Oh, I cried like a baby. For my friends who are binational couples. For my friends in California, my previous home state. For so many of us around the country, in the states where equal marriage is now truly equal. And finally, for myself. It really hit me that this is the first time in my life I am living in a place where I am no longer a second class citizen, and that it means something. It is a notion so powerful and so simple, one I have spent my life fighting for, that it kind of floored me when it actually happened. All along the way there have been lurches forward and backward, a passel of small and large victories, but the prize was always just out of reach. Through all the letter writing, the advocacy, the phone calls, the arguments, the marches — we are finally here, and I had to pinch myself. This is not perfect, because it is not national. But in the place that I live, my people now enjoy all the rights that straight people take for granted. We can’t be fired for being gay. We have the same housing rights. We have the same access to public services and accommodation. And now finally, we have the same federal marriage rights. And the federal rights are the ones that matter most in marriage law, as there are over a thousand of them. There may still be vestiges of homophobia in society, but at least in my adoptive state there is no official, state sanction anymore against us. When you have lived your whole life with constant official reminders that you are a second class citizen, that you are less than, that your love is less than, it feels unreal to be finally unburdened of all that.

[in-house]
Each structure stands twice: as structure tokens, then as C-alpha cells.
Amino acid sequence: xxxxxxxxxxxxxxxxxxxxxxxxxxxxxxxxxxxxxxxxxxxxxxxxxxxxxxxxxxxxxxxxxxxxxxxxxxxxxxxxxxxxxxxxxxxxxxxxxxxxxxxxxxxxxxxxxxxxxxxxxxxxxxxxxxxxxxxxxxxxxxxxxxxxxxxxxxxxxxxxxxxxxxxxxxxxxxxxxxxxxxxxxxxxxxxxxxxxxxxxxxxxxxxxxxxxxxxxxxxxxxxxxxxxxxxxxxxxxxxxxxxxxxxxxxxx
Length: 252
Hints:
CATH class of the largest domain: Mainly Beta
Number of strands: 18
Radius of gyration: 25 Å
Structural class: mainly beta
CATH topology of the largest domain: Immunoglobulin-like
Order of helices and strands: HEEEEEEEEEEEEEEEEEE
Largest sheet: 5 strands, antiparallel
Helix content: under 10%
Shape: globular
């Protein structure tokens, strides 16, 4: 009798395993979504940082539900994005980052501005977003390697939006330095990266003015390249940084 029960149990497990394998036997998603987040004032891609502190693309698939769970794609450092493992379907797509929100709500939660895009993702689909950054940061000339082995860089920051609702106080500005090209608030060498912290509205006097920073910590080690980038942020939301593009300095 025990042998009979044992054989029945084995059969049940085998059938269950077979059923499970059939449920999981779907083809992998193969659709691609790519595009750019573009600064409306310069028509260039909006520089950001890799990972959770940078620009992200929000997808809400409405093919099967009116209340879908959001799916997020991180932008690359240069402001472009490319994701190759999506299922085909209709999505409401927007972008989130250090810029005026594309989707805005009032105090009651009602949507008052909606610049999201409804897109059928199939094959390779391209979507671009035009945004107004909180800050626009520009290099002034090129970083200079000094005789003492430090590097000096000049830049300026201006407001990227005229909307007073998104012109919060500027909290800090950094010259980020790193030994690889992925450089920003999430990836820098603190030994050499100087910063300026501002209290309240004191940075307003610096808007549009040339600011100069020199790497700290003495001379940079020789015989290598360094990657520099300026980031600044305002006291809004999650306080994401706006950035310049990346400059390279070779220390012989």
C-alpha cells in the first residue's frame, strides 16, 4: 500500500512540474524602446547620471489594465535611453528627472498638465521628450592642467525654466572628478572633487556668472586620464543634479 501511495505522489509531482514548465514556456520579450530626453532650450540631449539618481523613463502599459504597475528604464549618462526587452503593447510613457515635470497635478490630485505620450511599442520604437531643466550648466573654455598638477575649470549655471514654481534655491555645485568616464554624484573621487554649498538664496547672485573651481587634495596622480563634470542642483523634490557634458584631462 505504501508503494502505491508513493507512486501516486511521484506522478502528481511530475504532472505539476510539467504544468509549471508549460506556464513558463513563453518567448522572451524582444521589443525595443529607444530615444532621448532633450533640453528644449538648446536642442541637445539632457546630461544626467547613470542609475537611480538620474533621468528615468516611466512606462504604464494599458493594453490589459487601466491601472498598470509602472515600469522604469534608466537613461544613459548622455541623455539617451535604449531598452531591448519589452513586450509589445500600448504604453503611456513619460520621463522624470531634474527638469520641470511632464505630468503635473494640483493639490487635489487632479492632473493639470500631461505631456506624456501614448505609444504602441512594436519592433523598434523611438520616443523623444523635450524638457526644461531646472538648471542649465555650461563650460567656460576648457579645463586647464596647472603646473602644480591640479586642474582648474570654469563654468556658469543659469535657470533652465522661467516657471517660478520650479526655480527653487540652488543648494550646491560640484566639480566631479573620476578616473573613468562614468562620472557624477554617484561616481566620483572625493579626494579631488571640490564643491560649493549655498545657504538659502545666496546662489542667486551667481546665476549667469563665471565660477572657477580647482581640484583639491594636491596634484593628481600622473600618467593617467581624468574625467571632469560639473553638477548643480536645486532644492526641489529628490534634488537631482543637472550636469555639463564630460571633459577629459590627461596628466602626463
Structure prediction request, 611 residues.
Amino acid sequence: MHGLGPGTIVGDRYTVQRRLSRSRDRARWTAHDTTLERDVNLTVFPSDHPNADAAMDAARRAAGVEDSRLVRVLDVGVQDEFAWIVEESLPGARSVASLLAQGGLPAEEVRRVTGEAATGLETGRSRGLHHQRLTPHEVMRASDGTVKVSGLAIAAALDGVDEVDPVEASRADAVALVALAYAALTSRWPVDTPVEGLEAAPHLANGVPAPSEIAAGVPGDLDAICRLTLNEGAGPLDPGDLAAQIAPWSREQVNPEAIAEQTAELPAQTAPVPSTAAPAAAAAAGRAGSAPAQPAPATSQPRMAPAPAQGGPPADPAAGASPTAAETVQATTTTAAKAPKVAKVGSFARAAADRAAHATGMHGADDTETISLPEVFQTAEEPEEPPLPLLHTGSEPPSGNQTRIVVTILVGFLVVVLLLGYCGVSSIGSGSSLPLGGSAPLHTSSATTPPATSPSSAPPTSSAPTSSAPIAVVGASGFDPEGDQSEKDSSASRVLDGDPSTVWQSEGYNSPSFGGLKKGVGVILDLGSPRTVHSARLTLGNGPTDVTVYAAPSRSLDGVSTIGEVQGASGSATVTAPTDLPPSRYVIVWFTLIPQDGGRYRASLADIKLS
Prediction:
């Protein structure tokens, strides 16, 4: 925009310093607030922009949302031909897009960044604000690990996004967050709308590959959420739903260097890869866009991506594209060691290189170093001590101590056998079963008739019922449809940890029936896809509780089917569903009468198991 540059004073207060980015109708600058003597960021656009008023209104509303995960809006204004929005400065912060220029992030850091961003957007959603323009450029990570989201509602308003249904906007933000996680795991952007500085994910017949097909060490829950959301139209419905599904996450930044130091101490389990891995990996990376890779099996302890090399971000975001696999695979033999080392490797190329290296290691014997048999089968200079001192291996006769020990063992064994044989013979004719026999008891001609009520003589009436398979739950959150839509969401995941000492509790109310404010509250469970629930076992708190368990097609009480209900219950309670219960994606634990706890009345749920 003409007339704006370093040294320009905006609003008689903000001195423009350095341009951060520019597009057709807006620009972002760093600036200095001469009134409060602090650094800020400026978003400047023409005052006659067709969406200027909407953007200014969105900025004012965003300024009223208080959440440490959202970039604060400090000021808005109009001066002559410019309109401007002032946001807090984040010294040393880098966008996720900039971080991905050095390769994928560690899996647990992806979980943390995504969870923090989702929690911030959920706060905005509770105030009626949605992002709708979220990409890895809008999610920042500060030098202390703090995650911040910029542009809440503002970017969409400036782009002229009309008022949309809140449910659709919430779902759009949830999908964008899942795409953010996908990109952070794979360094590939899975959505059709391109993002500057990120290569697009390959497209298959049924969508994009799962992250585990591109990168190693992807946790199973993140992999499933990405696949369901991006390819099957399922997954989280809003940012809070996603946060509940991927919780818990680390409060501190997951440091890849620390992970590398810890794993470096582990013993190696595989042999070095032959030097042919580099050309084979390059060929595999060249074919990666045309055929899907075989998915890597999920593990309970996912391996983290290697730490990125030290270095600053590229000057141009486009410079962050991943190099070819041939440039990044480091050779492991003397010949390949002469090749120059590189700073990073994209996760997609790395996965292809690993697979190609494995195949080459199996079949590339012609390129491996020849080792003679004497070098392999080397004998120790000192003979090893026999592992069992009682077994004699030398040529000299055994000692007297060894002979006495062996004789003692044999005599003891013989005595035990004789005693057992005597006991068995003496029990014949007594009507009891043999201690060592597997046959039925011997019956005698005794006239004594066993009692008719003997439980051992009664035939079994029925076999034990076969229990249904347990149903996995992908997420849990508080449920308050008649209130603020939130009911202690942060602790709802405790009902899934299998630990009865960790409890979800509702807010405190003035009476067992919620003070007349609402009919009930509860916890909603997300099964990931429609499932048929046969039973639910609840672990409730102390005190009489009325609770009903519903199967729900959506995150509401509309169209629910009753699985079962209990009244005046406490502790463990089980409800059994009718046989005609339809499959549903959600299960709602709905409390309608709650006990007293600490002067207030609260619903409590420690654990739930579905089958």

As I mention above, this is a less than perfect decision in that my brothers and sisters in the hate states are still not equal before the law. The court should have decided for a national right to equality today. I will not rest until they too have equality. For now, I consider my country to be New York and the other states where equal treatment is now the law of the land. I am optimistic that one day the inequality suffered in other states will also be history, but I do not know when. It will take many lawsuits and many years I am afraid to reach that milestone.
But today, we celebrate, because we are truly equal here in my homeland.